Radio: focus on audience research: Radio alive and well

Recent article in American Demographics notes that while pundits talk about the brave new world of interactive tv and computer bulletin boards, the old-fashioned medium of radio is thriving.Radio, the article asserts, has a tenacious ability to adapt to changes in...

Recent article in American Demographics notes that while pundits talk about the brave new world of interactive tv and computer bulletin boards, the old-fashioned medium of radio is thriving.

Radio, the article asserts, has a tenacious ability to adapt to changes in popular tastes and to mold itself to listeners’ lifestyles.

In Canada, evidence shows radio has rebounded from the recession, with the fundamental relationship between the medium and its audience remaining stable despite a proliferation of formats and alternative media choices in the last 20 years.

Daily listenership

Radio reaches more than 70% of the population on a daily basis, and more than 95% weekly.

The average weekly tuning to radio in Canada ranges between 20 and 24 hours, depending on the market, and overall tuning levels have not changed significantly over time.

The question is, why has radio tuning showed such remarkable stability over such a long time, especially in this age of increased media fragmentation?

Research, both qualitative and quantitative, continues to show that the mobility or portability of radio and its local character are the main factors in tuning.

Greater acceptance and use of radio at the workplace is an important, albeit secondary, factor.

Radio’s tenacity can be traced to its relationship with its audience: radio is simply there.

It serves as background for those doing housework or enroute when in a vehicle, as a dependable and faithful companion when someone is alone, and, for most listeners, as an established daily habit.

From a marketing standpoint, radio remains the original niche reach/frequency medium. Increased diversity of narrower radio formats gives the marketer the chance to pinpoint specific targets.

Flexible medium

Radio is, and will likely continue to be, a flexible medium, and research shows that among all major media, radio remains closest to the point-of-purchase.

A Decima Research study on Canadian media and radio habits showed that of those who bought something at ‘a supermarket, department store, or any other type of store in the last 24 hours,’ nearly one-in-two (46%) reported having listened to radio within an hour before buying.

The comparable proportions for billboards and tv were 24% and 22%, respectively.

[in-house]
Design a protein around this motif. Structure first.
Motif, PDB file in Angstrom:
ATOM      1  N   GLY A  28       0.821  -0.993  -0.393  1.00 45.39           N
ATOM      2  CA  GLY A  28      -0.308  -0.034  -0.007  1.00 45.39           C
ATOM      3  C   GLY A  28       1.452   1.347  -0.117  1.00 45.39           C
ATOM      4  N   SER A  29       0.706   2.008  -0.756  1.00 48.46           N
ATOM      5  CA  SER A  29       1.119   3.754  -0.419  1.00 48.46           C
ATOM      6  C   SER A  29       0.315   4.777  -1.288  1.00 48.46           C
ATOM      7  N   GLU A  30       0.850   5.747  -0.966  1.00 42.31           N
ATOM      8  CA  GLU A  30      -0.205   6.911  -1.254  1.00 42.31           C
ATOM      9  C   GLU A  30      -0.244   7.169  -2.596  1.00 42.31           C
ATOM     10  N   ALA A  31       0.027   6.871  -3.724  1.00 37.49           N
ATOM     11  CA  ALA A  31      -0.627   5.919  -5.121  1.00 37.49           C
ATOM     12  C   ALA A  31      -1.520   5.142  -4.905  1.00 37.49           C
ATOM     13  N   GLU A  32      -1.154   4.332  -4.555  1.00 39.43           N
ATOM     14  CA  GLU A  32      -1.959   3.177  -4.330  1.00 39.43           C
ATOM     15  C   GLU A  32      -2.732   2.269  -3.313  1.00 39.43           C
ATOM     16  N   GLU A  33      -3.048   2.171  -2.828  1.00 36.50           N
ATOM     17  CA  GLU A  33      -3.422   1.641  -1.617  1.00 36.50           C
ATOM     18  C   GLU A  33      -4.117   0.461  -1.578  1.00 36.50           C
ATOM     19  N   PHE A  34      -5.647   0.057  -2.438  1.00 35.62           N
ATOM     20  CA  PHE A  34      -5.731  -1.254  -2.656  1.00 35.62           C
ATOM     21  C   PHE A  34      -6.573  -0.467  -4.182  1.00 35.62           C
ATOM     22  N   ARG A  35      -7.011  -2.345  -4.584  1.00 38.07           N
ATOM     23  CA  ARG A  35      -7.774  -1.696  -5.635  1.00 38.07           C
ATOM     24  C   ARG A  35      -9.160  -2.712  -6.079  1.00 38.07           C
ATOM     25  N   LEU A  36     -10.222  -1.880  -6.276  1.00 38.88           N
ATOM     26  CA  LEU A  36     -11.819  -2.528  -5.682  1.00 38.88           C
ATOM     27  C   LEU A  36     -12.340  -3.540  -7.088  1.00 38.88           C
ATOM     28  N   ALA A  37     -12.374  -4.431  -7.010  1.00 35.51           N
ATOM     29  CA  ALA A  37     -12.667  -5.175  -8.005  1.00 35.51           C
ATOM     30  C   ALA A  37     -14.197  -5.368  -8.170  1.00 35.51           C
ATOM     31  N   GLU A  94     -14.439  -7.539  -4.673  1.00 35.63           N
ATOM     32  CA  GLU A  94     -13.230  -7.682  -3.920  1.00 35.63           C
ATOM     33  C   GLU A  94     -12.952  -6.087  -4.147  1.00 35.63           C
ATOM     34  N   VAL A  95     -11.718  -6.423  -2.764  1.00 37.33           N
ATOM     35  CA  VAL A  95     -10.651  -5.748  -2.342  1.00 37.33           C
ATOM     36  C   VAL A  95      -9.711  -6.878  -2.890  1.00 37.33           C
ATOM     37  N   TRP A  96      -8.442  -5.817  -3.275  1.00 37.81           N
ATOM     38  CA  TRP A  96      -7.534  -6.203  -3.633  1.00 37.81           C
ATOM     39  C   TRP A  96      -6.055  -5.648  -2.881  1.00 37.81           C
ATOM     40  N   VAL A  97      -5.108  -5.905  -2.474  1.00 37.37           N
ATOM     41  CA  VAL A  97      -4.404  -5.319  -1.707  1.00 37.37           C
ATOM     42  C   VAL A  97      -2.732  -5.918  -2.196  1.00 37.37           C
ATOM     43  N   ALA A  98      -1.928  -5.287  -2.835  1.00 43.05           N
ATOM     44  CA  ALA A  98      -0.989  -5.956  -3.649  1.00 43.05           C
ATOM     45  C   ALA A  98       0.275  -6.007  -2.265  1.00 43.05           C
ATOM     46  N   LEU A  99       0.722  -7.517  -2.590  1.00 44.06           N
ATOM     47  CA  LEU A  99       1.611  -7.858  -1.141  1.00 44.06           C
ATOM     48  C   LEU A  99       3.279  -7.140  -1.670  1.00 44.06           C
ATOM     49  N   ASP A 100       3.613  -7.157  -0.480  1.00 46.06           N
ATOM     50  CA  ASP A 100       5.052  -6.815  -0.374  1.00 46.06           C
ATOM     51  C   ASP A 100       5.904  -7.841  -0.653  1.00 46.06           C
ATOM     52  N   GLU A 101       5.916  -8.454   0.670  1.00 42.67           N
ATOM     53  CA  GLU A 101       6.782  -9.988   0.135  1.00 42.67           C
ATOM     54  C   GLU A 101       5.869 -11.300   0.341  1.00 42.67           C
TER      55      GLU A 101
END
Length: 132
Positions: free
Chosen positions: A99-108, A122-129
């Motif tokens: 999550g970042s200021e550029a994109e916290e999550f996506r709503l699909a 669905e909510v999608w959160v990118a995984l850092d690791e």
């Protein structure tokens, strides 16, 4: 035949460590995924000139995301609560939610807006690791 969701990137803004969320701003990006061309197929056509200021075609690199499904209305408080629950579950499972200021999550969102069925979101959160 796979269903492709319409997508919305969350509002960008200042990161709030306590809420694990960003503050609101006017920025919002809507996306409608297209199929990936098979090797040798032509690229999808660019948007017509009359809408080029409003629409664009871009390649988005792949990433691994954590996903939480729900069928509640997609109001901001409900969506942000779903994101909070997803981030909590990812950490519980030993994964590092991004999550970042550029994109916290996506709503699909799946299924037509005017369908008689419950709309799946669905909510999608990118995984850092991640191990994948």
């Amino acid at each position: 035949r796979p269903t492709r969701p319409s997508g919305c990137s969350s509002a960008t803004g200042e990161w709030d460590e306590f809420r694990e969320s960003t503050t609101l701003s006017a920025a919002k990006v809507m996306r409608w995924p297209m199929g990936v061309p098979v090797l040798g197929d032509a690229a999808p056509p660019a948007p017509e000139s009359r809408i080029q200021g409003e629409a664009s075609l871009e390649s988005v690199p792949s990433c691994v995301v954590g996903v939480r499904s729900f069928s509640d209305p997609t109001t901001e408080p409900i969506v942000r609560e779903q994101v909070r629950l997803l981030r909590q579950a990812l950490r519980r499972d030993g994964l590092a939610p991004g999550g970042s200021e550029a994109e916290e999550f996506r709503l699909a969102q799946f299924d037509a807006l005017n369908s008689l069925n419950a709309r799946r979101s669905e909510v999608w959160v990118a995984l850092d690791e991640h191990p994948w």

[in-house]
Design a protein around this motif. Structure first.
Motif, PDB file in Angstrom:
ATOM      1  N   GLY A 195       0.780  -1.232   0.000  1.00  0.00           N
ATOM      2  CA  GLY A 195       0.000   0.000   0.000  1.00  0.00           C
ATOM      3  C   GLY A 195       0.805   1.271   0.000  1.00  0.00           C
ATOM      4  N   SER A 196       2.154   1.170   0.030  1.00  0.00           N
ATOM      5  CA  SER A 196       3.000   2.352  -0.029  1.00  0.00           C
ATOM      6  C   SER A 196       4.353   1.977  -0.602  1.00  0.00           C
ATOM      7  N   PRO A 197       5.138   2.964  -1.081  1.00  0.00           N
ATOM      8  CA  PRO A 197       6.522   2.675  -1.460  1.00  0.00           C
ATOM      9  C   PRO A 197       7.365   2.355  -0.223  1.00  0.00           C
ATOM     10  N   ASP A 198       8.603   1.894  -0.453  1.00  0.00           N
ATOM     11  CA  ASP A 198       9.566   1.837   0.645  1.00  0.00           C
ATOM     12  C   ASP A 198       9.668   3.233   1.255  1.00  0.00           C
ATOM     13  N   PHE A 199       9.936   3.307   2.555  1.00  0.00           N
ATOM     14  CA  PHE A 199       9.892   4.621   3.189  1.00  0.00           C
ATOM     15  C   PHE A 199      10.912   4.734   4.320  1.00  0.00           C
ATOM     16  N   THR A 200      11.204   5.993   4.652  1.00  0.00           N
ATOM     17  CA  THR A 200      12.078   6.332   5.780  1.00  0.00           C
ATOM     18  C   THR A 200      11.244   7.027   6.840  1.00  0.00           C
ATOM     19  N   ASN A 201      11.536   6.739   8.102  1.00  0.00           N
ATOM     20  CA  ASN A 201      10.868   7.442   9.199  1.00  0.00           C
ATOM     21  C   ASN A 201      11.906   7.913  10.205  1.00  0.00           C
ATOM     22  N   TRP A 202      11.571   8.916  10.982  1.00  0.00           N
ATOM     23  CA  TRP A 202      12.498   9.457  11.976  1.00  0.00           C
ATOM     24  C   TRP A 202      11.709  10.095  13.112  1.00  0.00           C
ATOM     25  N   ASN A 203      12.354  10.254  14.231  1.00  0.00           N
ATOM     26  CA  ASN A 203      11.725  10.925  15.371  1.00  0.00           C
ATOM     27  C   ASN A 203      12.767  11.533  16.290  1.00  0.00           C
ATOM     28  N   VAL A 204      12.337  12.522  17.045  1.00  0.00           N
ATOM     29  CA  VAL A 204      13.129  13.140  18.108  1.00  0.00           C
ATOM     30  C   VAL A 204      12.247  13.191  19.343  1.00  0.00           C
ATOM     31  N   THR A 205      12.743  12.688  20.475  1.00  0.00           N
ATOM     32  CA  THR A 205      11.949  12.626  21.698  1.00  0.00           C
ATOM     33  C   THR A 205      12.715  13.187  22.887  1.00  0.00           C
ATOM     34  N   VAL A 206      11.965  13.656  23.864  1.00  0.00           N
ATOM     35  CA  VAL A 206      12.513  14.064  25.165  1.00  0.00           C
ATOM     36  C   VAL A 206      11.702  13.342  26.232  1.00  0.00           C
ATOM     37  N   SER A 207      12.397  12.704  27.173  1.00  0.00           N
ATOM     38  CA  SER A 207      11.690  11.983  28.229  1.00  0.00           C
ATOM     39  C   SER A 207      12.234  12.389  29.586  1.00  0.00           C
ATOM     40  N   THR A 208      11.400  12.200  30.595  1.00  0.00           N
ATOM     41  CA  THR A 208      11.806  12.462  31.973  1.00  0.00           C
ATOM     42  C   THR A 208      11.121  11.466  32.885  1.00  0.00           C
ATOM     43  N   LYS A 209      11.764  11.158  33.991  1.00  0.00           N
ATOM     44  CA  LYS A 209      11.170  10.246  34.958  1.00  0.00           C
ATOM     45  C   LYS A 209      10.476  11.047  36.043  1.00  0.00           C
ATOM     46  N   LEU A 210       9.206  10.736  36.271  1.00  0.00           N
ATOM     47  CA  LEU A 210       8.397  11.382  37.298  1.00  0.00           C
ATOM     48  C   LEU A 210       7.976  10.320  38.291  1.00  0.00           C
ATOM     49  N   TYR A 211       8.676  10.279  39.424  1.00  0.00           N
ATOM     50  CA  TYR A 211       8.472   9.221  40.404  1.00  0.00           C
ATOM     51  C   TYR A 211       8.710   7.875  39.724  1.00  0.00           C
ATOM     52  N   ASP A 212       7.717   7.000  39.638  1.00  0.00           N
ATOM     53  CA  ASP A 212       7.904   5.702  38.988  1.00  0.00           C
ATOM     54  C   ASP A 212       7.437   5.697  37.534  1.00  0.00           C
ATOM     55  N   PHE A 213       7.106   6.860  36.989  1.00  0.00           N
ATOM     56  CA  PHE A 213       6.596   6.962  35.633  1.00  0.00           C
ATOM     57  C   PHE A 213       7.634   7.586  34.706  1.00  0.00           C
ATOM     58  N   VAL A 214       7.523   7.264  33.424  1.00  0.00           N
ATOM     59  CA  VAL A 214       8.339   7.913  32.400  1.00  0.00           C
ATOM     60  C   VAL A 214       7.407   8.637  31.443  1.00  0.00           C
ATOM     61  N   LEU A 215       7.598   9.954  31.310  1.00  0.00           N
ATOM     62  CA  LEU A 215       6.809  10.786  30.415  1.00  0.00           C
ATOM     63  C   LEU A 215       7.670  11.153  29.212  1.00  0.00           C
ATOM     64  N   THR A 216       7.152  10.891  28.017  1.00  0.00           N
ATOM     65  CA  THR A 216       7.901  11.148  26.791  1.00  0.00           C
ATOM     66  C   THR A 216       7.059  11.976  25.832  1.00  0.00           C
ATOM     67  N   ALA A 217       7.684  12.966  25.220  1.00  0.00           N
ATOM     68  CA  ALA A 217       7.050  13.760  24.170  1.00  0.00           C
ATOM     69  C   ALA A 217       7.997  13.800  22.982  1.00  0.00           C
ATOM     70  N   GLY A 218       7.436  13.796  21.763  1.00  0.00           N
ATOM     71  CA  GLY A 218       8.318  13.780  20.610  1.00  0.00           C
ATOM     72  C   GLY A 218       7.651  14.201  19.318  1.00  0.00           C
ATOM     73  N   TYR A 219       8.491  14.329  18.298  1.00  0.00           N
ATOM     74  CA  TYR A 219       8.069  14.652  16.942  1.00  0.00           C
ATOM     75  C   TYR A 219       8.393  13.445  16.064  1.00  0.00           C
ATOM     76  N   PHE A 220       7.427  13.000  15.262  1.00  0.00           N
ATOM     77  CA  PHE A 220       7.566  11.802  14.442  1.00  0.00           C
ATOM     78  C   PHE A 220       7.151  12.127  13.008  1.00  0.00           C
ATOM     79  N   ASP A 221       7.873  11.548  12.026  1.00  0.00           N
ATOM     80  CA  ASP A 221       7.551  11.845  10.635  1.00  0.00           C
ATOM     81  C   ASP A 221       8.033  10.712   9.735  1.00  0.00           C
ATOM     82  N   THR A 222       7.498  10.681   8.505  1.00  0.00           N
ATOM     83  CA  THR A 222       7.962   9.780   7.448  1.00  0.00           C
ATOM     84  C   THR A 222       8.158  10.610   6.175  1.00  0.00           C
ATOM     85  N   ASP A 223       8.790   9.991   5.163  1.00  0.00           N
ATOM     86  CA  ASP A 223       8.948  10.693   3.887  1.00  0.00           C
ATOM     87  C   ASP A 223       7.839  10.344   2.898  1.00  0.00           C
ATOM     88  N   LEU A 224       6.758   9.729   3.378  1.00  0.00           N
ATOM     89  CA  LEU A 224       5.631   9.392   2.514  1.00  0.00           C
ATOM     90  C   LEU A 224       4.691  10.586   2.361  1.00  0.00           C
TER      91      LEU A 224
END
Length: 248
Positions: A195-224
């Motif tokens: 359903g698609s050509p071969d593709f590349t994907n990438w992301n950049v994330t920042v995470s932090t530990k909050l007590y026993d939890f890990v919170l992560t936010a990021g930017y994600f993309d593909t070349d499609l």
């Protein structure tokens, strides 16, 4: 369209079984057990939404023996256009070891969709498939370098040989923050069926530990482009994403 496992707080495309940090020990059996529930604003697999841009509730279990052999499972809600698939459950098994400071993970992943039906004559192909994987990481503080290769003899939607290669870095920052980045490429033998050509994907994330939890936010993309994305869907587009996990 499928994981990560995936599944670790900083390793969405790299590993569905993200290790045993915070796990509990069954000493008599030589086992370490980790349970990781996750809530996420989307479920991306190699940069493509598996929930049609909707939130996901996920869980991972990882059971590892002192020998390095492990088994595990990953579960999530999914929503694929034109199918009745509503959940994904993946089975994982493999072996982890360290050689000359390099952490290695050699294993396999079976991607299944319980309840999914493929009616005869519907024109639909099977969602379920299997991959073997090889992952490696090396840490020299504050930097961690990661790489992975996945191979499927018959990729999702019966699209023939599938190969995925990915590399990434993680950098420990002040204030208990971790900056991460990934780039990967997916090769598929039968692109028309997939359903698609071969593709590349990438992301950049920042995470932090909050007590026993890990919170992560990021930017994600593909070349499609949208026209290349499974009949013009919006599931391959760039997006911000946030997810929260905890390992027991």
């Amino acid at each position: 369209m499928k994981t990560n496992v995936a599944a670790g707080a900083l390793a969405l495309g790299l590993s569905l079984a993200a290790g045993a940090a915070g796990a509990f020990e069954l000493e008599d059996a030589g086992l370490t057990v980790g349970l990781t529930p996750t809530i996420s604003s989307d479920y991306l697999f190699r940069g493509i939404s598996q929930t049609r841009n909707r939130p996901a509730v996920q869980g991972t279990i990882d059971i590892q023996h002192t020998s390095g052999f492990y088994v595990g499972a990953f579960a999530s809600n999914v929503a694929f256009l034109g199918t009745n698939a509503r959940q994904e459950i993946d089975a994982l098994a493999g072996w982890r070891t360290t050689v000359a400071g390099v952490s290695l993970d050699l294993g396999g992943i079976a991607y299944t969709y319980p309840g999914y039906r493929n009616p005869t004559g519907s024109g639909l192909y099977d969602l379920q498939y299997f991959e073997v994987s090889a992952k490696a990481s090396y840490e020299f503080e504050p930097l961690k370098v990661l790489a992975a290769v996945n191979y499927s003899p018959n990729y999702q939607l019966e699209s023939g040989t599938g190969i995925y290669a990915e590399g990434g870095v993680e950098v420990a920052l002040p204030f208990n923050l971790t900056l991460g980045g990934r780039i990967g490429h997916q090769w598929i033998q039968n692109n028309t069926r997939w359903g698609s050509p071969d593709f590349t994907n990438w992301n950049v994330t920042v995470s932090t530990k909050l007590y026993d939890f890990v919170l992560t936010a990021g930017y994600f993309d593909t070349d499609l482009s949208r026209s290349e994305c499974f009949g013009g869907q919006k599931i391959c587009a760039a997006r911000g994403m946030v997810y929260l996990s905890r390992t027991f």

In addition to its flexibility and its niche characteristics, radio tends to be more immune to zapping than other media, despite the increased use of scanners and digital push-button car radios.

The rate at which consumers avoid advertising on radio is below rates recorded for other media such as tv, daily newspapers and magazines.

Research shows consumers are twice as likely to identify tv over radio as the medium from which they can easily ‘flip past’ or ‘switch away’ from advertising.

20+ hours per week

Why do people spend an average of 20 or more hours per week listening to radio?

Research studies have traditionally sought to find one or two characteristics of radio that a majority of listeners found indispensable.

Depending on the research study, the market, and the radio format mix, things such as news, traffic/weather information or music emerge as key drivers of tuning.

Consumer research indicates that, in most cases, a radio station’s overall sound or programming approach is more important than the sum of its component parts.

There are significant demographic variations on what listeners expect from their radio stations, with music declining in importance as listeners age.

In studies seeking to segment the population on the basis of music preference, research revealed remarkable relationships between music preferences and life attitudes, values and interests.

Proxy indicators

In this context, music preference can act as proxy indicators of psychographic (and in many cases, demographic) characteristics of a given audience.

Detailed segmentation analyses on the basis of music preference in the adult and teen populations show that music preferences (and, in many cases, radio station choice) can be used to predict attitudinal dimensions such as tolerance, innovation, entrepreneurship, conservatism, propensity to provide marketplace information (opinion-leadership) and fashion-consciousness, among many others.

Tone should be in tune

To effectively reach target audiences through radio advertising, the tone and style of the creative needs to be in tune with the overall sound and attitude of the station(s) in the media schedule.

The loyalty of the average radio listener is notable: research reveals that irrespective of the number of stations in a given market, a substantial majority of listeners tend to listen to not more than two or three stations on a regular basis.

Nine out of 10 radio listeners indicate in market surveys they have at least one favorite station they listen to most.

Station loyalty tends to vary by format: country and rock stations generate the highest levels of loyalty among their listeners.

Finally, consumer research suggests the ‘puberty connection’ phenomenon (listeners’ desire to hear the music of their youth) will continue to influence format and music mix choices for a significant number of radio stations.

’70s music looks good

The prognosis for stations programming 1970s (and, increasingly, ’80s) music looks good, as late boomers begin to exert their influence.

Early boomers, on the other hand, are hitting the age of 50, suggesting that news/talk stations with substantive surveillance and lifestyle information content will continue to attract large, not to mention affluent, audiences.

Kaan Yigit is a senior research consultant with Decima Research in Toronto.